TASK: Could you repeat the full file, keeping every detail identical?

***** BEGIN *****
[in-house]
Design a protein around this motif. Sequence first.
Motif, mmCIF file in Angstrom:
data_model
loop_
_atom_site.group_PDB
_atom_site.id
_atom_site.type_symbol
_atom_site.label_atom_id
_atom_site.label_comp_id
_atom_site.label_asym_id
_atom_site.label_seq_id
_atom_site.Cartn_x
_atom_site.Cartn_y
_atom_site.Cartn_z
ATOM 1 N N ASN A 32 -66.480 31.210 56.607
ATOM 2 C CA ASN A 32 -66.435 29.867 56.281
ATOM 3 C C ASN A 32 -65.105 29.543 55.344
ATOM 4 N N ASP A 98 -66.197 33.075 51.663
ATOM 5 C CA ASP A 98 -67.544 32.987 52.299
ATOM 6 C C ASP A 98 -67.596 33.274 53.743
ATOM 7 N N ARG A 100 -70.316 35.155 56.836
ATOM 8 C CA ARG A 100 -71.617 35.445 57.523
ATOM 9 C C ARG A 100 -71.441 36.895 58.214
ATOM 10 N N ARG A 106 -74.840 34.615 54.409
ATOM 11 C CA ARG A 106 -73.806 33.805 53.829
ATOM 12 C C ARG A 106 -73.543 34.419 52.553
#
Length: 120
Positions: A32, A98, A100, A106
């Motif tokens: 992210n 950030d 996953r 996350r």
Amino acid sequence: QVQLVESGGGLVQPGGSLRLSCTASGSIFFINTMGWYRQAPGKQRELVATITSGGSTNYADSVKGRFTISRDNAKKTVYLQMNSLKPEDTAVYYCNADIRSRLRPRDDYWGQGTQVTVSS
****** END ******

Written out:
[in-house]
Design a protein around this motif. Sequence first.
Motif, mmCIF file in Angstrom:
data_model
loop_
_atom_site.group_PDB
_atom_site.id
_atom_site.type_symbol
_atom_site.label_atom_id
_atom_site.label_comp_id
_atom_site.label_asym_id
_atom_site.label_seq_id
_atom_site.Cartn_x
_atom_site.Cartn_y
_atom_site.Cartn_z
ATOM 1 N N ASN A 32 -66.480 31.210 56.607
ATOM 2 C CA ASN A 32 -66.435 29.867 56.281
ATOM 3 C C ASN A 32 -65.105 29.543 55.344
ATOM 4 N N ASP A 98 -66.197 33.075 51.663
ATOM 5 C CA ASP A 98 -67.544 32.987 52.299
ATOM 6 C C ASP A 98 -67.596 33.274 53.743
ATOM 7 N N ARG A 100 -70.316 35.155 56.836
ATOM 8 C CA ARG A 100 -71.617 35.445 57.523
ATOM 9 C C ARG A 100 -71.441 36.895 58.214
ATOM 10 N N ARG A 106 -74.840 34.615 54.409
ATOM 11 C CA ARG A 106 -73.806 33.805 53.829
ATOM 12 C C ARG A 106 -73.543 34.419 52.553
#
Length: 120
Positions: A32, A98, A100, A106
């Motif tokens: 992210n 950030d 996953r 996350r």
Amino acid sequence: QVQLVESGGGLVQPGGSLRLSCTASGSIFFINTMGWYRQAPGKQRELVATITSGGSTNYADSVKGRFTISRDNAKKTVYLQMNSLKPEDTAVYYCNADIRSRLRPRDDYWGQGTQVTVSS